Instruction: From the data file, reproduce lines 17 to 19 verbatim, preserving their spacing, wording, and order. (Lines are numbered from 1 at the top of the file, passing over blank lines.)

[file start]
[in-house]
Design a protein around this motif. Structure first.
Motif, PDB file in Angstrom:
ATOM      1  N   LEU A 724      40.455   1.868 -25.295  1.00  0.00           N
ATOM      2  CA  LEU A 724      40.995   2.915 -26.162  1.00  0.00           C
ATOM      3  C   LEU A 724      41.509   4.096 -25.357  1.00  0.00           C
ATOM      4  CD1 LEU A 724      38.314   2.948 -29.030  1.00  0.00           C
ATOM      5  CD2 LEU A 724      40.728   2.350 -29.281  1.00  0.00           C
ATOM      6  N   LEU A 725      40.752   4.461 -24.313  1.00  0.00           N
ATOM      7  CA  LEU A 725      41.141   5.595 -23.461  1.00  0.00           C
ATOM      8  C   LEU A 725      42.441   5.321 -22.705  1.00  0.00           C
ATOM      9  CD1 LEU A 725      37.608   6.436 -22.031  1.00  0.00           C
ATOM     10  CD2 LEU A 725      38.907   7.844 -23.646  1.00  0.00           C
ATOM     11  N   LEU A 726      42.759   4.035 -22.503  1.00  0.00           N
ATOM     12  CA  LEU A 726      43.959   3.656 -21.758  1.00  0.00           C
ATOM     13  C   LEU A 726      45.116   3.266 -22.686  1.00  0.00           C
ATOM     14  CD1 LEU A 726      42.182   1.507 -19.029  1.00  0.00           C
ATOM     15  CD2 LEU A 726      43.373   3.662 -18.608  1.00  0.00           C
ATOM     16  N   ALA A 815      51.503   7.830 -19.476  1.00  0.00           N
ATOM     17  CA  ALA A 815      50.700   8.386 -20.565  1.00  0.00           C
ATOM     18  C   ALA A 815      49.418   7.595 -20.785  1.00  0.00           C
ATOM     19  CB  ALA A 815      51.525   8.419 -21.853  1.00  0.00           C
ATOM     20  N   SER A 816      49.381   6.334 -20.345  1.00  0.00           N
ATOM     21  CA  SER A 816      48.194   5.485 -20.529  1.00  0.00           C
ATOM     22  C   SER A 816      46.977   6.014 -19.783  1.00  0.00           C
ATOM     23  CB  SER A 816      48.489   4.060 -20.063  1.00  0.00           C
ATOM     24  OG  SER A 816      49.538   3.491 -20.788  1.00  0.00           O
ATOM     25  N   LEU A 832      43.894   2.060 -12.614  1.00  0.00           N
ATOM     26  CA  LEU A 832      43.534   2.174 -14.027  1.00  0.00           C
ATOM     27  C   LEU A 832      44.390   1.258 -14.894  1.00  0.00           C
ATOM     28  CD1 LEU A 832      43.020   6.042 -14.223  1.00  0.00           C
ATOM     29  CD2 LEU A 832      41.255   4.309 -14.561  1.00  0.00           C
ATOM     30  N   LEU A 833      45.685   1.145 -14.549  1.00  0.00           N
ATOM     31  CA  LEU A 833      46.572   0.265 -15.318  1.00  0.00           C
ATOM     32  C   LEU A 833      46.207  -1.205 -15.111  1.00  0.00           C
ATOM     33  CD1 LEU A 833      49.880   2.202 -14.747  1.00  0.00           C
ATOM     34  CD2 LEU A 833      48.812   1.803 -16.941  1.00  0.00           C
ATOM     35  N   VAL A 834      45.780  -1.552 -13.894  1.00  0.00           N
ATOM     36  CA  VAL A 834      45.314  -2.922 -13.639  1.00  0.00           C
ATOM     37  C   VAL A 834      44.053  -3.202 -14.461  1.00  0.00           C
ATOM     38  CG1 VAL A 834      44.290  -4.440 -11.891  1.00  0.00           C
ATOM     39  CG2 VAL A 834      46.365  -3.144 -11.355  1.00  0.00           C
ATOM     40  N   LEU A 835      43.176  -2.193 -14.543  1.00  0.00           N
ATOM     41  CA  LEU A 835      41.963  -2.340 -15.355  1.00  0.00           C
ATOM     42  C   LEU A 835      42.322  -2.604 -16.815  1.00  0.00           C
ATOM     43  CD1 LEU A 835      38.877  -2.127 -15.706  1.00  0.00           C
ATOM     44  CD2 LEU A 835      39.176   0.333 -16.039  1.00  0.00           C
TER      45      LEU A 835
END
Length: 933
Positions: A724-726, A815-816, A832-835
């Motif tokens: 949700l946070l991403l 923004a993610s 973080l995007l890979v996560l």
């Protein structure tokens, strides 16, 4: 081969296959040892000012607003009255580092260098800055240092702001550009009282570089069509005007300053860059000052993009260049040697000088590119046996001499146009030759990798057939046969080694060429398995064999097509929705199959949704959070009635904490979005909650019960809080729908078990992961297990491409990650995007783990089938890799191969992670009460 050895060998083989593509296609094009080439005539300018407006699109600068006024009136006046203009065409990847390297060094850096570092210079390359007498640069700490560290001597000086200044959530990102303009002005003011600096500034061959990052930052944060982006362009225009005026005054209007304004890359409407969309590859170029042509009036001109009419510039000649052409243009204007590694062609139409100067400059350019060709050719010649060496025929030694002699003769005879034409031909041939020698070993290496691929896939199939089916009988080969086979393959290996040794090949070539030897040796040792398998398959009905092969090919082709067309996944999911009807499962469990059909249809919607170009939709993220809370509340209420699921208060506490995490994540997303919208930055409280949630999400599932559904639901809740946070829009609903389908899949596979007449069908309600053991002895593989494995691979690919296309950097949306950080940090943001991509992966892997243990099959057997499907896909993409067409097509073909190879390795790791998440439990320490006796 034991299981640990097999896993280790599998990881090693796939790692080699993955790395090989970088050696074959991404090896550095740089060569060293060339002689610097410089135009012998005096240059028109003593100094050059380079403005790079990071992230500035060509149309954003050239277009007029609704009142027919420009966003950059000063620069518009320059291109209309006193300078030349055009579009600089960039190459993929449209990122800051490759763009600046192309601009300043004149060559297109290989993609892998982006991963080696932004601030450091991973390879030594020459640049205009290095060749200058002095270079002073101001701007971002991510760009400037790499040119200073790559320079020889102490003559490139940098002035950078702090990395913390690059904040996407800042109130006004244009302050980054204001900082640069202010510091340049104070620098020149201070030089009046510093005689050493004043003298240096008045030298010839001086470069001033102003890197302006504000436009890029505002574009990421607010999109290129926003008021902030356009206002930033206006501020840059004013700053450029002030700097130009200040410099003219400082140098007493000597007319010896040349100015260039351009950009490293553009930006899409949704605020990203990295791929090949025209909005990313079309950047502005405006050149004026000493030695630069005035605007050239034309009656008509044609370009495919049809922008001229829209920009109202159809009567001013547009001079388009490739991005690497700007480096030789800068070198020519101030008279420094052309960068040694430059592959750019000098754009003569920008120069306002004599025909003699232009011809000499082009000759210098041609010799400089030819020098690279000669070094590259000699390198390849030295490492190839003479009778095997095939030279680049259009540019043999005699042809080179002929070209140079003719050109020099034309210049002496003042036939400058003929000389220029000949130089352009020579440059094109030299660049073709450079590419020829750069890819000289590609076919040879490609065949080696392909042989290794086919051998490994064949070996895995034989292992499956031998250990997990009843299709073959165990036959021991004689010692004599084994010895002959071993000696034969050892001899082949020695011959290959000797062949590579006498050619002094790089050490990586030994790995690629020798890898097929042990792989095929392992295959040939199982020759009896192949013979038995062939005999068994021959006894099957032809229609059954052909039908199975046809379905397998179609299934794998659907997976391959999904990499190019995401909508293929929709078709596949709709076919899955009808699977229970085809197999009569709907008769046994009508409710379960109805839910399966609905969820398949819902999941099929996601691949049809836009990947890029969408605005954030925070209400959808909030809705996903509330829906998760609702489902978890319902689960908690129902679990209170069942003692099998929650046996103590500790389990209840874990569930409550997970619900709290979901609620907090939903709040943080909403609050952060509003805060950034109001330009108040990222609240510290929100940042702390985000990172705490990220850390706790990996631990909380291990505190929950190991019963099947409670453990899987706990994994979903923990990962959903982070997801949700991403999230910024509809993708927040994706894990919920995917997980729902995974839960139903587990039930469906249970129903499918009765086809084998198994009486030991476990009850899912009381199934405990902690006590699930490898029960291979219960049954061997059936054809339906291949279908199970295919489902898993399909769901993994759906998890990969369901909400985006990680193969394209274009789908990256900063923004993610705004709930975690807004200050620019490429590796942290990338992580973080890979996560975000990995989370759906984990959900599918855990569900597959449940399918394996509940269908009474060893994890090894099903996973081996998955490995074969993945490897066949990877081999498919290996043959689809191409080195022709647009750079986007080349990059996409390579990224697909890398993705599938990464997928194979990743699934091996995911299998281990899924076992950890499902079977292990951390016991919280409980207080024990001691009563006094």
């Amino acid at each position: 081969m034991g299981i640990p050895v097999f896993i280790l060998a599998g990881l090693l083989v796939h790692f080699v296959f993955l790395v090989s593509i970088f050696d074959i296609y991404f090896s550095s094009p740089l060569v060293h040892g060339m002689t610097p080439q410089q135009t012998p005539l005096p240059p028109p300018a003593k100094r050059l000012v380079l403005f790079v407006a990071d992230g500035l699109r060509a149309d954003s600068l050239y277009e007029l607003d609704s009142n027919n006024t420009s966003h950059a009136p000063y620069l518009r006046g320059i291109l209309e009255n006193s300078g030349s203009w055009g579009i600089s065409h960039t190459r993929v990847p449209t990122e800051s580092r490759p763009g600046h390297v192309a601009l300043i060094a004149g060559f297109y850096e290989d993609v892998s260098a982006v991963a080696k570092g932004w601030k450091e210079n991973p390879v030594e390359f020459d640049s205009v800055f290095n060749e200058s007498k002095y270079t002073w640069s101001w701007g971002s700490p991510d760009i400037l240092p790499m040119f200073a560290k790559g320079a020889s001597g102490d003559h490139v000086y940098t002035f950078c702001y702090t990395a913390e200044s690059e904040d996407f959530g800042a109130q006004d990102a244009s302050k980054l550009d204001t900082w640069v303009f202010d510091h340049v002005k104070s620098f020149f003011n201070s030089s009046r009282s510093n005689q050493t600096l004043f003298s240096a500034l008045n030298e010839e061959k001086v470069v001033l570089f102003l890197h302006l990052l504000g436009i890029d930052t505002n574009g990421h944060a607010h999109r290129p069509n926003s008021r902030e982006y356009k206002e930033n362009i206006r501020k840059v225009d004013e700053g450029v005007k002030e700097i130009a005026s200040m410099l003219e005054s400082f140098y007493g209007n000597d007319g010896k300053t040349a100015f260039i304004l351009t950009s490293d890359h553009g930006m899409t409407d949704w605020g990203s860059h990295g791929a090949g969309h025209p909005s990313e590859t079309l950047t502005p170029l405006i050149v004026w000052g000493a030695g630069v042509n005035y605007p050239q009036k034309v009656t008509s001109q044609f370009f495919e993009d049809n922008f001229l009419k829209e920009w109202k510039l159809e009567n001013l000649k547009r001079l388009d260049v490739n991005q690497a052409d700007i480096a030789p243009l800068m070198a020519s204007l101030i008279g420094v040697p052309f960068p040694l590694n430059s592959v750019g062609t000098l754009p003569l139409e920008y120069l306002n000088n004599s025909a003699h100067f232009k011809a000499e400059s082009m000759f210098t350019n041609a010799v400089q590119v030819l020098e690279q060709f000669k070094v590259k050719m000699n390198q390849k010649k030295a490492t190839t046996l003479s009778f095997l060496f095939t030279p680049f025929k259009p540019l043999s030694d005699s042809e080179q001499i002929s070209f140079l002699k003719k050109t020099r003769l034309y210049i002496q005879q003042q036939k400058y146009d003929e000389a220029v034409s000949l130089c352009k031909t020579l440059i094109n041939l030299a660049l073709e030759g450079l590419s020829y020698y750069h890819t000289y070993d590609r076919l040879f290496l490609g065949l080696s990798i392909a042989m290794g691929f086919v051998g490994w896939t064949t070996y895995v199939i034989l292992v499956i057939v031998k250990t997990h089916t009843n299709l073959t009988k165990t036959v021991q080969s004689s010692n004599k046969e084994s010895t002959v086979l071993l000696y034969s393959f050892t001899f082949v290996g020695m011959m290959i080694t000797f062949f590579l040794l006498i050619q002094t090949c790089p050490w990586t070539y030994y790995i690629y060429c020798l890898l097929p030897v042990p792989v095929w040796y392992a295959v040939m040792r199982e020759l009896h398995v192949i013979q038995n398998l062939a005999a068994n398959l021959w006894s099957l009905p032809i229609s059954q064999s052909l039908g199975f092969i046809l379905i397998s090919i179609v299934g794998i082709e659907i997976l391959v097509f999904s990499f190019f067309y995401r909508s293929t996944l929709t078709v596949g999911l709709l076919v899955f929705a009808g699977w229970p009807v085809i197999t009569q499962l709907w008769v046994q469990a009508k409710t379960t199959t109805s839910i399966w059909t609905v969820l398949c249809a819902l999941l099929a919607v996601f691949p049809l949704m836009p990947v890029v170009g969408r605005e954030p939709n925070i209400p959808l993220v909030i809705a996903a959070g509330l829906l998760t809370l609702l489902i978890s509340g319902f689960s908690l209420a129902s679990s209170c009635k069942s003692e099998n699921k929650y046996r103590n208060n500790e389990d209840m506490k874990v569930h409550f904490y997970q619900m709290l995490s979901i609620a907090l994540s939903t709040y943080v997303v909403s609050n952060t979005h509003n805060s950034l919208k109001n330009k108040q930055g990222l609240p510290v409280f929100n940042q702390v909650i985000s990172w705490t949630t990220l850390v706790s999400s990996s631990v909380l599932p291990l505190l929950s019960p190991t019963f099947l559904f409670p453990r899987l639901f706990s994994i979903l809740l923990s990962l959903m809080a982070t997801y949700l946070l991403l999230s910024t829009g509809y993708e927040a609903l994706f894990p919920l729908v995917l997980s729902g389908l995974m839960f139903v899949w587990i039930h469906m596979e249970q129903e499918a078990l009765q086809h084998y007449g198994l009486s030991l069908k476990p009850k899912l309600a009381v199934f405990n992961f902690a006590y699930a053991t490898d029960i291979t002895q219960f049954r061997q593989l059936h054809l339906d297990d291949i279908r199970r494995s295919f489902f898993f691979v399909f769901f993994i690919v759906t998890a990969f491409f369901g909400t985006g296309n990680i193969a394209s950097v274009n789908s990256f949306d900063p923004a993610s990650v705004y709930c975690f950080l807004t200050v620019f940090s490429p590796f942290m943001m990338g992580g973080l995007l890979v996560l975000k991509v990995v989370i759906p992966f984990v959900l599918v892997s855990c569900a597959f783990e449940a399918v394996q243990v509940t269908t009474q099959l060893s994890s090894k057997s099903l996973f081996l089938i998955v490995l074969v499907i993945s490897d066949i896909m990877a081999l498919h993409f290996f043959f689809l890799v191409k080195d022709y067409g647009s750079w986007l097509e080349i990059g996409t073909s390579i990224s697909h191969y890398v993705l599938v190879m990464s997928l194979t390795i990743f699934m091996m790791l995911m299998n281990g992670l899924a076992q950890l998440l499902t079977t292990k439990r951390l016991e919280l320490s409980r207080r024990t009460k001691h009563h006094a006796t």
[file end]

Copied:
ATOM     14  CD1 LEU A 726      42.182   1.507 -19.029  1.00  0.00           C
ATOM     15  CD2 LEU A 726      43.373   3.662 -18.608  1.00  0.00           C
ATOM     16  N   ALA A 815      51.503   7.830 -19.476  1.00  0.00           N